# GML Sample Implementation
256 256

4   Requirements

Your program should take its input from standard input (i.e., UNIX file descriptor 0). Execution of the input specification will result in zero or more images being rendered to files. If your implementation detects an error, it should return a non-zero exit status; otherwise it should return a zero exit status upon successful termination. Our test harness relies on this error status being set correctly, so be sure to get them right!

Your program should detect syntactically incorrect input and run-time type errors (the latter may be detected statically, if you wish). It should also catch array accesses that are out of range. Other errors, such as integer overflows and division by zero, may be detected and reported, but it is not necessary. In particular, implementations are free to generate NaNs and Infs when doing floating-point computations.

The submission requirements are described in detail at, but we summarize them here. Your submission should include a README file containing a brief description of the submission, programming language(s) used, and anything else that you want to bring to the attention of the judges.

Submissions will be evaluated on their correctness, speed of execution, and set of implemented GML features. For the latter metric, we have grouped the features of GML into three tiers as follows:
Tier 1
The first tier consists of the operations described in Section 2, plus planes, spheres, and directional lights. All GML operators except cone, cube, cylinder, difference, intersect, pointlight, and spotlight should be implemented.
Tier 2
This tier adds more primitive solids and additional lighting to Tier 1. The additional operators are: cone, cube, cylinder, and pointlight.
Tier 3
This tier adds constructive solid geometry and additional lighting to Tier 2. The additional operators are: difference, intersect, and spotlight.
Your README file should specify which tier your submission implements.

Judging of the contest entries will proceed in three phases. First, we will evaluate each submission for basic correctness using very simple Tier-1 test cases. Programs that fail to run, dump core, etc. will be disqualified at the end of this phase. The second phase tests the basic correctness of submissions (without regards to performance). We will use a selection of Tier-1 test cases and compare the output with that generated by our sample implementations. Submissions that deviate significantly from the the reference outputs will be disqualified. The third phase will compare the performance and implemented features of the submissions. When comparing submissions, a program that implements Tier-1 will have to be significantly faster than a Tier-2 program to beat it. Likewise, a Tier-2 program will have to be significantly faster than a Tier-3 program to beat it. Image quality also matters; for example, a program that has surface acne will be penalized. Consideration will be given for interesting sample images.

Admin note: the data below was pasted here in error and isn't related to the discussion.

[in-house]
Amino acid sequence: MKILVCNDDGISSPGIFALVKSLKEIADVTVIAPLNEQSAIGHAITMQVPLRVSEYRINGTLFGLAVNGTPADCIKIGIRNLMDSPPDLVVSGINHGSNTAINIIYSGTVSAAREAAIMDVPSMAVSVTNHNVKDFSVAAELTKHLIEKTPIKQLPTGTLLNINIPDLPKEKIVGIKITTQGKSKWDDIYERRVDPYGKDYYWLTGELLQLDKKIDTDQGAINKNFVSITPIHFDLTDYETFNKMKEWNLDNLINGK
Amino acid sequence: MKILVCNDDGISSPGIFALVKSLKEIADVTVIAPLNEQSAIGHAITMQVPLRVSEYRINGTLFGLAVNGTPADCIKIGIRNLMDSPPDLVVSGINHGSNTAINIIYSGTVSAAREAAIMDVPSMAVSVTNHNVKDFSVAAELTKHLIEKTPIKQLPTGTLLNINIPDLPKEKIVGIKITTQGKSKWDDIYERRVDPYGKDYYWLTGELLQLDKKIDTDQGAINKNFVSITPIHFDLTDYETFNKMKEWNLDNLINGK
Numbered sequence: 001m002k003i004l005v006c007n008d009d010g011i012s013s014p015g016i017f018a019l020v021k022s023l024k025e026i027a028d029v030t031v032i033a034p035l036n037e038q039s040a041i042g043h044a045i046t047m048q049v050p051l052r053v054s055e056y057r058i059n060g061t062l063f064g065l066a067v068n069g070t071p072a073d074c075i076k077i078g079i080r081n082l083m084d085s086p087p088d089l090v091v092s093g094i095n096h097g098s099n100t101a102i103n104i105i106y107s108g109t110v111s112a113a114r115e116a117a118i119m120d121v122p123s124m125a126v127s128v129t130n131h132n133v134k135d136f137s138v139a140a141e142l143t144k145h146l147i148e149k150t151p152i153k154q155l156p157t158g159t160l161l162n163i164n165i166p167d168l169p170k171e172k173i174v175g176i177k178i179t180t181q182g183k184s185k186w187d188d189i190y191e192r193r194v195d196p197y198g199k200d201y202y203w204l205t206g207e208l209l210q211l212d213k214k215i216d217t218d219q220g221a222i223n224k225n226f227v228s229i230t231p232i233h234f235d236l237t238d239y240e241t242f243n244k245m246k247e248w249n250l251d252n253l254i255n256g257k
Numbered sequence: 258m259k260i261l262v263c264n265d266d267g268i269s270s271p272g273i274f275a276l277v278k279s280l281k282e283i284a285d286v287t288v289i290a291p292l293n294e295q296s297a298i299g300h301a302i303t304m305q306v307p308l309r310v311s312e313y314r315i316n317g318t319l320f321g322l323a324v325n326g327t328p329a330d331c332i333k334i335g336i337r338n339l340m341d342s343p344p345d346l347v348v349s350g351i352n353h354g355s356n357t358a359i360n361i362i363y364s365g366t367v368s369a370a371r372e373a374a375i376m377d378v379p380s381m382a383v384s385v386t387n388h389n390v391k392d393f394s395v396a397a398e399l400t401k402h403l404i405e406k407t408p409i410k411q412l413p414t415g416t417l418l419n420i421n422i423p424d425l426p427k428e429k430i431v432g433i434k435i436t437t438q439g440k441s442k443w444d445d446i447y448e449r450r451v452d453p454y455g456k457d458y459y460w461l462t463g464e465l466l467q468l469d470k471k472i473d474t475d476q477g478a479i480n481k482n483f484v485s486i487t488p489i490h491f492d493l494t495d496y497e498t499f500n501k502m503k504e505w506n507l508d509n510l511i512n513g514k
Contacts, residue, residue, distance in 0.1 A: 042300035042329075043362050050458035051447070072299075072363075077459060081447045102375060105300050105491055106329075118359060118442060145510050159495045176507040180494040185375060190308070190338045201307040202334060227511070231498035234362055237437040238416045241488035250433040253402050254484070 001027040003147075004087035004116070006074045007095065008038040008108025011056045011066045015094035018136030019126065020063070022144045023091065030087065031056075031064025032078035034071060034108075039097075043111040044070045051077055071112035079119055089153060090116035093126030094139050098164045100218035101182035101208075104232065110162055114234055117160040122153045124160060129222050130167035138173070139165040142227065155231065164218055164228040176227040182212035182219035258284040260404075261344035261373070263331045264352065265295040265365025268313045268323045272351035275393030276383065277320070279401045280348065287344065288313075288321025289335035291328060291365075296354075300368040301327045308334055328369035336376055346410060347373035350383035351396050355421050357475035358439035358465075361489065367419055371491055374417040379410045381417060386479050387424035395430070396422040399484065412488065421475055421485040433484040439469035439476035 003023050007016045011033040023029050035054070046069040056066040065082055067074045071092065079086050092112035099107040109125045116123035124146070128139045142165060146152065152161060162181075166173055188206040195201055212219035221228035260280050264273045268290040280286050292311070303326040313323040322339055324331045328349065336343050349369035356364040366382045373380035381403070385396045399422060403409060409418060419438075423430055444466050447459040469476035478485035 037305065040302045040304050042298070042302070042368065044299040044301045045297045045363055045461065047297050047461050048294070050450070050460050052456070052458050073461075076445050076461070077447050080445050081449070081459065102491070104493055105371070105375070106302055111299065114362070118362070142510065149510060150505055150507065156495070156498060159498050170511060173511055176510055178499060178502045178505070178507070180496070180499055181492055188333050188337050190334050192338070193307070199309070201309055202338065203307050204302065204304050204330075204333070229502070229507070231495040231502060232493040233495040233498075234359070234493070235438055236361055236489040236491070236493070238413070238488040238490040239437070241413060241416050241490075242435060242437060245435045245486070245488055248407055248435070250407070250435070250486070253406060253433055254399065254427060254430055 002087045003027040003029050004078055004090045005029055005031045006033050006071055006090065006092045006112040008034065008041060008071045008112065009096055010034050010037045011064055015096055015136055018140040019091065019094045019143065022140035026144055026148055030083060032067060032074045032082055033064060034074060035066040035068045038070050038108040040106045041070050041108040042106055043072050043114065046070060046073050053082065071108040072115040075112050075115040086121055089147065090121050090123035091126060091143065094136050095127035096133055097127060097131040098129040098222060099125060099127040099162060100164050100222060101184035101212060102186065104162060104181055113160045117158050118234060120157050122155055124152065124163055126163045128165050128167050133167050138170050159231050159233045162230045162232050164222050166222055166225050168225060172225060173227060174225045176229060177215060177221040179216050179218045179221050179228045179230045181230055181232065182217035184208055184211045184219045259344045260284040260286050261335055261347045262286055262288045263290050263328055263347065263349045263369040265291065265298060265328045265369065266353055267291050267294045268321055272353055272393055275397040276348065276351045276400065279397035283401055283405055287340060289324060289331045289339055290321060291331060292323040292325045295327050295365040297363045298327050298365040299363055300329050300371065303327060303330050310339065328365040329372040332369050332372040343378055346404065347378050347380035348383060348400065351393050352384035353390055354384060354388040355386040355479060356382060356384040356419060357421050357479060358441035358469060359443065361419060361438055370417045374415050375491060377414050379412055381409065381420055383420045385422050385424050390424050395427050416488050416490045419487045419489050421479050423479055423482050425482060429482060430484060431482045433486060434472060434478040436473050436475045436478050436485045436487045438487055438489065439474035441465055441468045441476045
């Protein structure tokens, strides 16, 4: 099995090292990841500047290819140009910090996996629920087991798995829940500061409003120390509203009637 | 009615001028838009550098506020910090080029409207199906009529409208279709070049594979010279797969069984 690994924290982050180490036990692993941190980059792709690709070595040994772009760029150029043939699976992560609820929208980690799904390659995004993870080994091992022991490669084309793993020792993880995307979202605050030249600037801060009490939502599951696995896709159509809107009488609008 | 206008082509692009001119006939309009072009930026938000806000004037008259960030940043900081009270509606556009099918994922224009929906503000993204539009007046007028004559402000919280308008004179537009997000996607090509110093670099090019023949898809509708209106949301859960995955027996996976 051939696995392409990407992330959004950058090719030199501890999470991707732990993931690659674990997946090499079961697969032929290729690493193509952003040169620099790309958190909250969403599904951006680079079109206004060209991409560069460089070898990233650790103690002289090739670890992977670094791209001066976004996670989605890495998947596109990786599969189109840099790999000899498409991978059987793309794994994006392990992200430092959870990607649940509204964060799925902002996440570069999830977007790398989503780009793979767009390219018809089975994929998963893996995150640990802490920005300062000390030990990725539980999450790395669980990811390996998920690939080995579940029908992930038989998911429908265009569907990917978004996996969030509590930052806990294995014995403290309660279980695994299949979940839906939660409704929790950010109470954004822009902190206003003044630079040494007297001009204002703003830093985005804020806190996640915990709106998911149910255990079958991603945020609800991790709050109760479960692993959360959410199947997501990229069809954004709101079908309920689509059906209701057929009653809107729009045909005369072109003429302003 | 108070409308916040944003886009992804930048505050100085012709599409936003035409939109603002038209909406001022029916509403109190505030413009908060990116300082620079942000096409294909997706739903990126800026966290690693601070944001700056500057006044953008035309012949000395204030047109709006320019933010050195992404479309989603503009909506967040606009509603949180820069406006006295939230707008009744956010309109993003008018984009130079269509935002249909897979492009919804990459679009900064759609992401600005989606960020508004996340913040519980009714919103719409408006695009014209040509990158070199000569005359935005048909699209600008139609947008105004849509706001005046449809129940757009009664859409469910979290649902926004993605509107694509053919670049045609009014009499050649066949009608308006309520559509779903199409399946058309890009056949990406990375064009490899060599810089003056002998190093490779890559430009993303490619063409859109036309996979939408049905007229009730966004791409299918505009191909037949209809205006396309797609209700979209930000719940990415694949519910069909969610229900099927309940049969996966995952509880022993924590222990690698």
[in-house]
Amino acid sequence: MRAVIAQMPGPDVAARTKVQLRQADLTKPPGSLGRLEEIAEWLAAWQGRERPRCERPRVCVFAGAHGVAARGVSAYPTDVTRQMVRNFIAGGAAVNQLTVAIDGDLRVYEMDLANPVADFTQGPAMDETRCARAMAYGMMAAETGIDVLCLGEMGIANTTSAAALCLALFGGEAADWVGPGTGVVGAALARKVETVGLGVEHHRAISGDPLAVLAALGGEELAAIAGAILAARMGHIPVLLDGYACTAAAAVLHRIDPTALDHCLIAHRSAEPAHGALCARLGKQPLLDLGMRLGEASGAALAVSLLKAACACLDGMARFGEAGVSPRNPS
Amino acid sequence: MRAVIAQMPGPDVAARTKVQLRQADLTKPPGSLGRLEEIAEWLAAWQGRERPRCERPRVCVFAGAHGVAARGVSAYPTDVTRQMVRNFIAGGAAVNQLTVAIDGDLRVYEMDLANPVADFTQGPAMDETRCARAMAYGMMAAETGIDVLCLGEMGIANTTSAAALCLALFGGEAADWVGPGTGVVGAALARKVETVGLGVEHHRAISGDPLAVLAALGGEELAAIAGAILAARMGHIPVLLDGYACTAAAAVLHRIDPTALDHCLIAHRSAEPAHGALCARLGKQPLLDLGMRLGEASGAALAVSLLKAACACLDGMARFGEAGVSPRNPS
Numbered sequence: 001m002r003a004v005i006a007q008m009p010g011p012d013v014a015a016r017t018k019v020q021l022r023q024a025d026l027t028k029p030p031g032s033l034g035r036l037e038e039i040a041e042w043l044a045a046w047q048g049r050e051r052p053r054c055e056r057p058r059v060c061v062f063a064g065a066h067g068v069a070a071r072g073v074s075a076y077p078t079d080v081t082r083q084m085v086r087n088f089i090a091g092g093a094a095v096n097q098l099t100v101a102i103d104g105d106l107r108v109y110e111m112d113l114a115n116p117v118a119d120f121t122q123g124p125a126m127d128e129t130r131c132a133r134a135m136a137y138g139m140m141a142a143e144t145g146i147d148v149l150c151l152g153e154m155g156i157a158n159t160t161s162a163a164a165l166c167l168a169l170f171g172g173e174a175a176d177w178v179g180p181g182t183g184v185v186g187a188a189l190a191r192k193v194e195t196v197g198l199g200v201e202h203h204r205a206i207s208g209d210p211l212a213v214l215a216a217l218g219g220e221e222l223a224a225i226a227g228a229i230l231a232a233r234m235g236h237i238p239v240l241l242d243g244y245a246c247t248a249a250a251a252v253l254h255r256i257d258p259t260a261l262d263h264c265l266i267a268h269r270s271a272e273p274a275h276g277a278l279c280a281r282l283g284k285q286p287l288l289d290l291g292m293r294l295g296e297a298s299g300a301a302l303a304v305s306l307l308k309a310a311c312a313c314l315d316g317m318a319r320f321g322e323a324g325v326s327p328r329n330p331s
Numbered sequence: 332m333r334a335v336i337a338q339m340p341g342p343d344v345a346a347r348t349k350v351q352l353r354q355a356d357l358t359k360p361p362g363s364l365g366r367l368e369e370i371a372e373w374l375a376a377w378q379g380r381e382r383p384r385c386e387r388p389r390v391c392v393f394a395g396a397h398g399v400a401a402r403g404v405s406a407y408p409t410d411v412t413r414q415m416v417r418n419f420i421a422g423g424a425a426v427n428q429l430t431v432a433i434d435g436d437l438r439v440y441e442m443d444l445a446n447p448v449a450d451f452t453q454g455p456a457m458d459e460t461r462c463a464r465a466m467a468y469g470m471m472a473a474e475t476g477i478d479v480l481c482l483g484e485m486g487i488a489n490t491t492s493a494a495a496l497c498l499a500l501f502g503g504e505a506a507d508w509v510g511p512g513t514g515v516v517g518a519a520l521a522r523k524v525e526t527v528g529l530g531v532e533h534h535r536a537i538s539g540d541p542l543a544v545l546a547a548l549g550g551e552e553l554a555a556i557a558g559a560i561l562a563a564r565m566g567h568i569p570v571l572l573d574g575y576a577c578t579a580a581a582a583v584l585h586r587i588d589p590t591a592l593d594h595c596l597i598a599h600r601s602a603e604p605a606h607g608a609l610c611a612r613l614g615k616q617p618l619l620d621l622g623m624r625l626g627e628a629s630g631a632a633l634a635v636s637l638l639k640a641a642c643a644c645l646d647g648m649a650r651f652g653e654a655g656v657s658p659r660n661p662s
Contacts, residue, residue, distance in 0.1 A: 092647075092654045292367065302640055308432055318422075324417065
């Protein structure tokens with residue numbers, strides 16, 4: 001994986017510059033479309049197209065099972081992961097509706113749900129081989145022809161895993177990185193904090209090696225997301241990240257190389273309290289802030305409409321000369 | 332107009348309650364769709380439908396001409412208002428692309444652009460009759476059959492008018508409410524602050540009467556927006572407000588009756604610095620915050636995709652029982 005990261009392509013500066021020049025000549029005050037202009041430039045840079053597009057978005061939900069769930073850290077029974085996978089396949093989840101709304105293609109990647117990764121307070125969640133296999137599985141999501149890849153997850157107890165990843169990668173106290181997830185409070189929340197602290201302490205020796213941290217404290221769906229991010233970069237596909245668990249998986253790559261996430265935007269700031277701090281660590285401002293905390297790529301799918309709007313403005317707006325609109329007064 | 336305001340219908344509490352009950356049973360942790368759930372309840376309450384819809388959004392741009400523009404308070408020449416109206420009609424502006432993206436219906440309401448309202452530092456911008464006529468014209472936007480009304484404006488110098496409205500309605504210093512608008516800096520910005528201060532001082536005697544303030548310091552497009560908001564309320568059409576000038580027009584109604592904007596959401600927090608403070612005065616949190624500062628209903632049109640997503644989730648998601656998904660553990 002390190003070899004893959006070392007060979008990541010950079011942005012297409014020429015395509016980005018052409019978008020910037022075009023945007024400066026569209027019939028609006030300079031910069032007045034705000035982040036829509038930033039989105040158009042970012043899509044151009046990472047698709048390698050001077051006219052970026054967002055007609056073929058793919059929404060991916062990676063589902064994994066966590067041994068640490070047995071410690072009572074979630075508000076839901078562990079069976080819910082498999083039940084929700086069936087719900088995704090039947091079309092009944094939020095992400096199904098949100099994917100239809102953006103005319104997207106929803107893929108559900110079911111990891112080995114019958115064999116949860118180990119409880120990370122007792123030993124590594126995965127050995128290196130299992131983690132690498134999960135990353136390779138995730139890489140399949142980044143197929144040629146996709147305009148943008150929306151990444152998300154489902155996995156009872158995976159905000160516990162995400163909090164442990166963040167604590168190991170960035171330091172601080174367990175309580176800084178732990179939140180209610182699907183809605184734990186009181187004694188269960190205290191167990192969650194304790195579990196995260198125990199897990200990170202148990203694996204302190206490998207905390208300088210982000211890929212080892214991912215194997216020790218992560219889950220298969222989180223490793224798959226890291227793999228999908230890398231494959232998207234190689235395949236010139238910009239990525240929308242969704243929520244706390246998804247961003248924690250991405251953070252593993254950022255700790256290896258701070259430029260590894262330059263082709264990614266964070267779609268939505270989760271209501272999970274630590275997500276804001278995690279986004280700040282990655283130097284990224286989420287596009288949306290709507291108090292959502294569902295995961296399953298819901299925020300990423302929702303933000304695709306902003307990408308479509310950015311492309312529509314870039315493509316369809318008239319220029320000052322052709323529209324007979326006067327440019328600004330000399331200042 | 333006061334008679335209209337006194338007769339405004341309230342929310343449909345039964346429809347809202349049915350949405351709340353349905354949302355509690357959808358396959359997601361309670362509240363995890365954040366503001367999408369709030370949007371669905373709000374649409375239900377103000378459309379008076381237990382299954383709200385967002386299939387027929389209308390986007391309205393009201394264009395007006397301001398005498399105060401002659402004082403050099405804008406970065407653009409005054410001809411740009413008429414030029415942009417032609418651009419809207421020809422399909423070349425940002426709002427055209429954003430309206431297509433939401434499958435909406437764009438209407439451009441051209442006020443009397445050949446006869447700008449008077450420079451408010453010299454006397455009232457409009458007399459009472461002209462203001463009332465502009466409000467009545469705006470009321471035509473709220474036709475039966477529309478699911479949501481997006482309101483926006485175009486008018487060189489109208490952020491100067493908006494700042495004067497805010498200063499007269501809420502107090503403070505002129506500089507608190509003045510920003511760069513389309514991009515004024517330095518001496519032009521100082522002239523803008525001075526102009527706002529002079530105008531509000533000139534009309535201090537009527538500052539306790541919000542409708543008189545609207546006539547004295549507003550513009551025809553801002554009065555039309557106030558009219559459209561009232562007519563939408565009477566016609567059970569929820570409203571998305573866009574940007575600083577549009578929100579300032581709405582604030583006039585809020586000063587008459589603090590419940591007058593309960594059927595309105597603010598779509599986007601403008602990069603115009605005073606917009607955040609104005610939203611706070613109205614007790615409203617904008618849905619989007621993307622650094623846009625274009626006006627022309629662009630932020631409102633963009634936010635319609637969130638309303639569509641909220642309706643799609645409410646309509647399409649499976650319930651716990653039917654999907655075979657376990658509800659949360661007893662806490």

5   Hints

5.1   Basic facts

The dot product of two vectors v1 = (x1, y1, z1) and v2 = (x2, y2, z2) is v1·v2 = (x1 x2 + y1 y2 + z1 z2). When v1 and v2 are unit vectors, then v1·v2 is the cosine of the angle formed by the two vectors. More generally, v1·v2 = |v1| |v2| cos(q), where q is the angle between the vectors.

5.2   Intersection testing

A plane P can be defined by its unit normal Pn and the distance d from the plane to the origin. The half-space that P = (Pn, d) defines are those points Q such that Q·Pn + d £ 0. Given this definition, the intersection of a ray R(t) = (Ro + t Rd) and a plane (Pn, d) is given by the equation
-(Pn · Ro + d)
If Pn·Rd = 0, then the ray is parallel to the plane (it might lie in the plane, but we can ignore that case for our purposes). If tintersection < 0, then the line defined by the ray intersects the plane behind the ray's origin; otherwise the point of intersection is R(tintersection). We can tell which side of the plane Ro lies by examining the sign of Pn·Rd; if it is positive, then Ro is in the half-space defined by P.